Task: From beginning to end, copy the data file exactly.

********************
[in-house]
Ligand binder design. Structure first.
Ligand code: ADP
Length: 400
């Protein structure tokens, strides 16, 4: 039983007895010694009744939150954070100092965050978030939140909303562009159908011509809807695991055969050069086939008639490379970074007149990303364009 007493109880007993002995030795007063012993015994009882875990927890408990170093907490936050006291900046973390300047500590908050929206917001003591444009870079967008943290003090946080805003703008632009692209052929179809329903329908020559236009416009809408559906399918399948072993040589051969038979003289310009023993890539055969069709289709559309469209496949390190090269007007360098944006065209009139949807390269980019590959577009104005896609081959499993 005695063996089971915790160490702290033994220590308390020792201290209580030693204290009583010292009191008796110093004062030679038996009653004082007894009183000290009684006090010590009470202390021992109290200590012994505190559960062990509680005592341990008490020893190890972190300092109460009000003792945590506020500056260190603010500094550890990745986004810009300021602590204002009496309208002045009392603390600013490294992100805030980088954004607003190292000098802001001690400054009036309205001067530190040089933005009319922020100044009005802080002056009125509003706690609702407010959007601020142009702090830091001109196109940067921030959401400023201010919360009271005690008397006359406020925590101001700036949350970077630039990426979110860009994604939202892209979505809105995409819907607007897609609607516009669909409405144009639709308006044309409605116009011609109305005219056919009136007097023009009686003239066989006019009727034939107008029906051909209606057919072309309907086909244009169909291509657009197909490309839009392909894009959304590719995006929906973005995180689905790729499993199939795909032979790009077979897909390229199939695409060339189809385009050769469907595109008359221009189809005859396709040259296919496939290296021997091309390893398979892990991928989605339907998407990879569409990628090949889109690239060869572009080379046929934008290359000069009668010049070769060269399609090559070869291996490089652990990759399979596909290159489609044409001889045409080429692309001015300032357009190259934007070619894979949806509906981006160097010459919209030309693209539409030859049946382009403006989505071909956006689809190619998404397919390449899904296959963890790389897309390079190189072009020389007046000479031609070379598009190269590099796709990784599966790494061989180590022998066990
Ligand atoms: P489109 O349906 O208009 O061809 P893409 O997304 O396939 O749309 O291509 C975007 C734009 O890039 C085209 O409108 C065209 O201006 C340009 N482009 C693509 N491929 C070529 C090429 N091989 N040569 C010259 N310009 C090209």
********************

[in-house]
Ligand binder design. Structure first.
Ligand code: ADP
Length: 400
């Protein structure tokens, strides 16, 4: 039983007895010694009744939150954070100092965050978030939140909303562009159908011509809807695991055969050069086939008639490379970074007149990303364009 007493109880007993002995030795007063012993015994009882875990927890408990170093907490936050006291900046973390300047500590908050929206917001003591444009870079967008943290003090946080805003703008632009692209052929179809329903329908020559236009416009809408559906399918399948072993040589051969038979003289310009023993890539055969069709289709559309469209496949390190090269007007360098944006065209009139949807390269980019590959577009104005896609081959499993 005695063996089971915790160490702290033994220590308390020792201290209580030693204290009583010292009191008796110093004062030679038996009653004082007894009183000290009684006090010590009470202390021992109290200590012994505190559960062990509680005592341990008490020893190890972190300092109460009000003792945590506020500056260190603010500094550890990745986004810009300021602590204002009496309208002045009392603390600013490294992100805030980088954004607003190292000098802001001690400054009036309205001067530190040089933005009319922020100044009005802080002056009125509003706690609702407010959007601020142009702090830091001109196109940067921030959401400023201010919360009271005690008397006359406020925590101001700036949350970077630039990426979110860009994604939202892209979505809105995409819907607007897609609607516009669909409405144009639709308006044309409605116009011609109305005219056919009136007097023009009686003239066989006019009727034939107008029906051909209606057919072309309907086909244009169909291509657009197909490309839009392909894009959304590719995006929906973005995180689905790729499993199939795909032979790009077979897909390229199939695409060339189809385009050769469907595109008359221009189809005859396709040259296919496939290296021997091309390893398979892990991928989605339907998407990879569409990628090949889109690239060869572009080379046929934008290359000069009668010049070769060269399609090559070869291996490089652990990759399979596909290159489609044409001889045409080429692309001015300032357009190259934007070619894979949806509906981006160097010459919209030309693209539409030859049946382009403006989505071909956006689809190619998404397919390449899904296959963890790389897309390079190189072009020389007046000479031609070379598009190269590099796709990784599966790494061989180590022998066990
Ligand atoms: P489109 O349906 O208009 O061809 P893409 O997304 O396939 O749309 O291509 C975007 C734009 O890039 C085209 O409108 C065209 O201006 C340009 N482009 C693509 N491929 C070529 C090429 N091989 N040569 C010259 N310009 C090209």